Largely, patient satisfaction and acceptance to removable partial denture treatment is good.[10]However, one of the most common complaints from RPD users is about aesthetics and partial dentures with metal frameworks are of particular concern if metal clasp arms or wires are visible when the patient smiles or speaks.[11]Although not as strong, flexible nylon RPDs are frequently used as an alternative material and show acceptable results in terms of aesthetics, performance, comfort and cost. Moreover, recent studies reveal a significant difference in patient satisfaction between metal and flexible RPDs.[12],[13]Nevertheless, to match the advancements in digital denture design and production, Solvay Dental 360®have custom-developed a new generation material, specifically for the fabrication of RPDs. Ultaire®AKP is a high performance, millable polymer that bridges the gap between flexible and metal denture materials to offer patients a strong, lightweight, biocompatible alternative. Ultaire®AKP is highly compliant with bone like properties to offer increased comfort but it does not distort or feel flimsy. Furthermore, with specially designed clasps for a ‘snap in fit’ and without any metal in sight, RPD frames created with Ultaire®AKP enhance aesthetic appearance.

Although people are living longer, they still lose teeth and the demand for discreet, comfortable and cost-effective RPDs continues to rise. Now is the time to explore digitally designed and manufactured RPDs so that you can offer your patients the most advanced dental treatments and range of solutions.

 

To book a Solvay Dental 360®Professional Lunch and Learn or to find more information about Ultaire®AKP and Dentivera®milling discs,
please visit www.solvaydental360.com

 

References

[1]Graviria L. et al. Current trends in dental implants. J Korean Assoc Oral Maxillofac Surg. 2014 Apr; 40(2): 50–60. https://www.ncbi.nlm.nih.gov/pmc/articles/PMC4028797/[Accessed 12th December 2018]

[2]V. Moraschini et al. Evaluation of survival and success rates of dental implants reported in longitudinal studies with a follow-up period of at least 10 years: a systematic review. International Journal of Oral and Maxillofacial Surgery. March 2015.44 (3)  377-388. https://www.ncbi.nlm.nih.gov/pubmed/25467739[Accessed 11th December 2018]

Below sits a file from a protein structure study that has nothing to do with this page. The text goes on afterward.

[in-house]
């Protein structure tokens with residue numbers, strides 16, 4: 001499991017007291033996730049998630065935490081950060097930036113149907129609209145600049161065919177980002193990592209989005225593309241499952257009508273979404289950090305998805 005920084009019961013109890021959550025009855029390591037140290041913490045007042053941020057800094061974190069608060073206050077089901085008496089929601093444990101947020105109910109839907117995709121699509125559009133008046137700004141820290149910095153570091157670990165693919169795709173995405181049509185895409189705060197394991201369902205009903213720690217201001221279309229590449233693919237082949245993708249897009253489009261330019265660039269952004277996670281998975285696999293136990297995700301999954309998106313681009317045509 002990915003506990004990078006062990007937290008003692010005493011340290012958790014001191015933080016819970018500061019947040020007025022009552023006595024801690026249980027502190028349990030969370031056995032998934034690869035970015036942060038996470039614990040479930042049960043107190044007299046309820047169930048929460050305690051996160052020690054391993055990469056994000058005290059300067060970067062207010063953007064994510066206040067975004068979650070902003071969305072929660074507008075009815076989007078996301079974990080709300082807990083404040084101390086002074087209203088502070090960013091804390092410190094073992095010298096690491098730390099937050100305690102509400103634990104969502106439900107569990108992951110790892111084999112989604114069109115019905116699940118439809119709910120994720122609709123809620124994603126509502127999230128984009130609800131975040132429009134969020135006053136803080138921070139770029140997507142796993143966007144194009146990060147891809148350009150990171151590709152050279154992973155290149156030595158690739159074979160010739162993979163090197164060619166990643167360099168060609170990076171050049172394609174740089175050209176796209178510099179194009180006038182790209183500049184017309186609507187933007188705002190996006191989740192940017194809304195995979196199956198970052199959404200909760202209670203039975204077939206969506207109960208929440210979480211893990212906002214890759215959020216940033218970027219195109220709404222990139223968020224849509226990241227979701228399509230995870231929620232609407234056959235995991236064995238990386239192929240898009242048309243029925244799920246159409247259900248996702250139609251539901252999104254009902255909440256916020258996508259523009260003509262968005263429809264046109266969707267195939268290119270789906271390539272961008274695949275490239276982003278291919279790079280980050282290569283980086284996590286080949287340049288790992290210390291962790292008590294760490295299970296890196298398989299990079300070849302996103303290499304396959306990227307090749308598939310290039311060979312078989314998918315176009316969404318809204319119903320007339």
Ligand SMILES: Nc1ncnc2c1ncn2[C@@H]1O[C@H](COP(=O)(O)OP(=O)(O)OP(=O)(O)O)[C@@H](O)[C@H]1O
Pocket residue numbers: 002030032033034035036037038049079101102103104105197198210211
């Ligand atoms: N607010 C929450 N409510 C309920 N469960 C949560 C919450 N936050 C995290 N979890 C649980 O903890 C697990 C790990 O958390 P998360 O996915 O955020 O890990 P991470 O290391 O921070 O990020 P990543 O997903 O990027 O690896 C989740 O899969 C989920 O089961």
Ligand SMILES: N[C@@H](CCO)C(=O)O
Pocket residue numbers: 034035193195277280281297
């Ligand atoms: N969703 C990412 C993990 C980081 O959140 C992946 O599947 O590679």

[3]Association of Dental Implantology (ADI) 2012. A Dentist’s Guide to Implantology. http://www.adi.org.uk/profession/dentist_guide/a-dentists-guide-to-implantology.pdf[Accessed17th December 2018]

[4]American Academy of Implant Dentistry (AAID). Press Room: About Dental Implants. https://www.aaid.com/about/Press_Room/History_and_Background.html[Accessed 17th December 2018]

[5]Hwang D, et al. Medical contraindications to implant therapy: Part I: Absolute Contraindications. Implant Dent. 2006 Dec;15(4):353-60. https://www.ncbi.nlm.nih.gov/pubmed/17172952[Accessed 12th December 2018]

[6]Hwang D, et al. Medical contraindications to implant therapy: Part II: Relative Contraindications. Implant Dent. 2007 Mar;16(1):13-23. https://www.ncbi.nlm.nih.gov/pubmed/17356368[Accessed 12th December 2018]

[7]Bornstein M.M et al. Systemic conditions and treatments as risks for implant therapy. The International Journal of Oral & Maxillofacial Implants 24 Supplement, 2009. 12-27.

https://pdfs.semanticscholar.org/1ecf/ec0db1314ee61f1ab05ec0ec3441700db6db.pdf [Accessed 12th December 2018]

[8]Santhosh Kumar M.P. et al. Knowledge and awareness among patients about dental implants. J. Pharm. Sci. & Res. Vol. 8(5), 2016, 351-354 https://www.jpsr.pharmainfo.in/Documents/Volumes/vol8Issue05/jpsr08051617.pdf[Accessed 12th December 2018]

[9]Research by The Implantium Network. Not a lot to smile about – 109 million missing teeth for Brits. 16th Jun 2010. http://www.dentalsupportuk.com/dental-news/2105-not-a-lot-to-smile-about-109-million-missing-teeth-for-brits[Accessed 12th December 2018]

[10]Shams A. et al. Patient satisfaction and complication rates after delivery of removable partial denture: A 4 year retrospective study. SRM J Res Dent Sci 2015;6:225-9

 http://www.srmjrds.in/article.asp?issn=0976-433X;year=2015;volume=6;issue=4;spage=225;epage=229;aulast=Shams[Accessed 17thDecember 2018]

[11]Khan S.B. et al. Aesthetic clasp design for removable partial dentures: A literature review. SADJ June 2005: 60(5)190-194. https://pdfs.semanticscholar.org/aa77/6a1abf530f5b4db24c43c753e236a094411e.pdf[Accessed 17th December 2018]

[12]Aljabri M.K. et al. Removable partial dentures: patient satisfaction and complaints in Makkah City, KSA. Journal of Taibah University Medical Sciences Dec 2017: 12(6) 561-564. https://www.sciencedirect.com/science/article/pii/S1658361217300495#bib8[Accessed 17thDecember 2018]

[13]Polyzois G. et al. Flexible Removable Partial Denture Prosthesis: A Survey of Dentists’ Attitudes and Knowledge in Greece and Croatia. Acta Stomatol Croat. 2015 Dec; 49(4): 316–324. https://www.ncbi.nlm.nih.gov/pmc/articles/PMC4945339/[Accessed 17thDecember 2018]